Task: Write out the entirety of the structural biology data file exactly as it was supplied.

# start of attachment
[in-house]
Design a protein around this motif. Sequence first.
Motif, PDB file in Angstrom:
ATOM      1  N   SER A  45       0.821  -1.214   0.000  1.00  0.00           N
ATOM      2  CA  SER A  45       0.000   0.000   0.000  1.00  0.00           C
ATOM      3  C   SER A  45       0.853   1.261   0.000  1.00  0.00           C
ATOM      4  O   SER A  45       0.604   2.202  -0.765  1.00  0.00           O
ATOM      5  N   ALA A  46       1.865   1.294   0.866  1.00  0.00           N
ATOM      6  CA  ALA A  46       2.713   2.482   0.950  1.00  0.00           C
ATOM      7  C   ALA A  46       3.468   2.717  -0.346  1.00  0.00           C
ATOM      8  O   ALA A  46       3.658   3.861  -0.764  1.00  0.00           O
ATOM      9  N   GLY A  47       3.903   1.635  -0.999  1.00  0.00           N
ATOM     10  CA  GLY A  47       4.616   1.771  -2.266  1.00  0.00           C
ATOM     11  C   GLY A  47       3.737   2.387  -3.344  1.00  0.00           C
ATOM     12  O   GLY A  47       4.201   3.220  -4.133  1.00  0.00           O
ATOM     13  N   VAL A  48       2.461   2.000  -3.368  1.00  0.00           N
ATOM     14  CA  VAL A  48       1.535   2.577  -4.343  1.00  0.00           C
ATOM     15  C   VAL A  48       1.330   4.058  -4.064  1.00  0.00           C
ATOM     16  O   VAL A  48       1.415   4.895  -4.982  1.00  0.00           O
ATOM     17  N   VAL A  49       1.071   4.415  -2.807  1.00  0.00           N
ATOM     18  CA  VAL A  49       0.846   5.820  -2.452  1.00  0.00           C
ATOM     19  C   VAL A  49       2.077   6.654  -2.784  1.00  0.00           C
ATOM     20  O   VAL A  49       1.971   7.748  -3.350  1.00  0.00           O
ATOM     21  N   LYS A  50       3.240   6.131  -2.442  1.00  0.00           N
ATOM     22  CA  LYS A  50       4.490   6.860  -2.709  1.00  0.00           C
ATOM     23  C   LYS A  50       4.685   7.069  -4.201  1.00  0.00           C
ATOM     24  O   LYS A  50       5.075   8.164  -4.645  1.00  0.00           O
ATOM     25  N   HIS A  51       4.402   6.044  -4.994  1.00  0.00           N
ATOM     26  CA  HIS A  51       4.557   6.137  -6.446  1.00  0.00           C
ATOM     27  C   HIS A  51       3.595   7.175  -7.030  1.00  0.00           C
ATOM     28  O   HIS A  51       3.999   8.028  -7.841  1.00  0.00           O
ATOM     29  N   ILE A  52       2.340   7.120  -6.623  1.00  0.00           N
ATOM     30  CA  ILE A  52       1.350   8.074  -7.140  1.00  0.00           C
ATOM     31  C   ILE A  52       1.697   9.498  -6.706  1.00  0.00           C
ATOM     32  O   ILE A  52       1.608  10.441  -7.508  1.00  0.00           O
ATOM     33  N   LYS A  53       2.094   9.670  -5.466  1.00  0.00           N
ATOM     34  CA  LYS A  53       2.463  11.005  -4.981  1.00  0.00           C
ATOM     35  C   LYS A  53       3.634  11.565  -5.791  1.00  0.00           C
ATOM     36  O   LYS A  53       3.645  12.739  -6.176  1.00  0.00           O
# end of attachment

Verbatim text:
[in-house]
Design a protein around this motif. Sequence first.
Motif, PDB file in Angstrom:
ATOM      1  N   SER A  45       0.821  -1.214   0.000  1.00  0.00           N
ATOM      2  CA  SER A  45       0.000   0.000   0.000  1.00  0.00           C
ATOM      3  C   SER A  45       0.853   1.261   0.000  1.00  0.00           C
ATOM      4  O   SER A  45       0.604   2.202  -0.765  1.00  0.00           O
ATOM      5  N   ALA A  46       1.865   1.294   0.866  1.00  0.00           N
ATOM      6  CA  ALA A  46       2.713   2.482   0.950  1.00  0.00           C
ATOM      7  C   ALA A  46       3.468   2.717  -0.346  1.00  0.00           C
ATOM      8  O   ALA A  46       3.658   3.861  -0.764  1.00  0.00           O
ATOM      9  N   GLY A  47       3.903   1.635  -0.999  1.00  0.00           N
ATOM     10  CA  GLY A  47       4.616   1.771  -2.266  1.00  0.00           C
ATOM     11  C   GLY A  47       3.737   2.387  -3.344  1.00  0.00           C
ATOM     12  O   GLY A  47       4.201   3.220  -4.133  1.00  0.00           O
ATOM     13  N   VAL A  48       2.461   2.000  -3.368  1.00  0.00           N
ATOM     14  CA  VAL A  48       1.535   2.577  -4.343  1.00  0.00           C
ATOM     15  C   VAL A  48       1.330   4.058  -4.064  1.00  0.00           C
ATOM     16  O   VAL A  48       1.415   4.895  -4.982  1.00  0.00           O
ATOM     17  N   VAL A  49       1.071   4.415  -2.807  1.00  0.00           N
ATOM     18  CA  VAL A  49       0.846   5.820  -2.452  1.00  0.00           C
ATOM     19  C   VAL A  49       2.077   6.654  -2.784  1.00  0.00           C
ATOM     20  O   VAL A  49       1.971   7.748  -3.350  1.00  0.00           O
ATOM     21  N   LYS A  50       3.240   6.131  -2.442  1.00  0.00           N
ATOM     22  CA  LYS A  50       4.490   6.860  -2.709  1.00  0.00           C
ATOM     23  C   LYS A  50       4.685   7.069  -4.201  1.00  0.00           C
ATOM     24  O   LYS A  50       5.075   8.164  -4.645  1.00  0.00           O
ATOM     25  N   HIS A  51       4.402   6.044  -4.994  1.00  0.00           N
ATOM     26  CA  HIS A  51       4.557   6.137  -6.446  1.00  0.00           C
ATOM     27  C   HIS A  51       3.595   7.175  -7.030  1.00  0.00           C
ATOM     28  O   HIS A  51       3.999   8.028  -7.841  1.00  0.00           O
ATOM     29  N   ILE A  52       2.340   7.120  -6.623  1.00  0.00           N
ATOM     30  CA  ILE A  52       1.350   8.074  -7.140  1.00  0.00           C
ATOM     31  C   ILE A  52       1.697   9.498  -6.706  1.00  0.00           C
ATOM     32  O   ILE A  52       1.608  10.441  -7.508  1.00  0.00           O
ATOM     33  N   LYS A  53       2.094   9.670  -5.466  1.00  0.00           N
ATOM     34  CA  LYS A  53       2.463  11.005  -4.981  1.00  0.00           C
ATOM     35  C   LYS A  53       3.634  11.565  -5.791  1.00  0.00           C
ATOM     36  O   LYS A  53       3.645  12.739  -6.176  1.00  0.00           O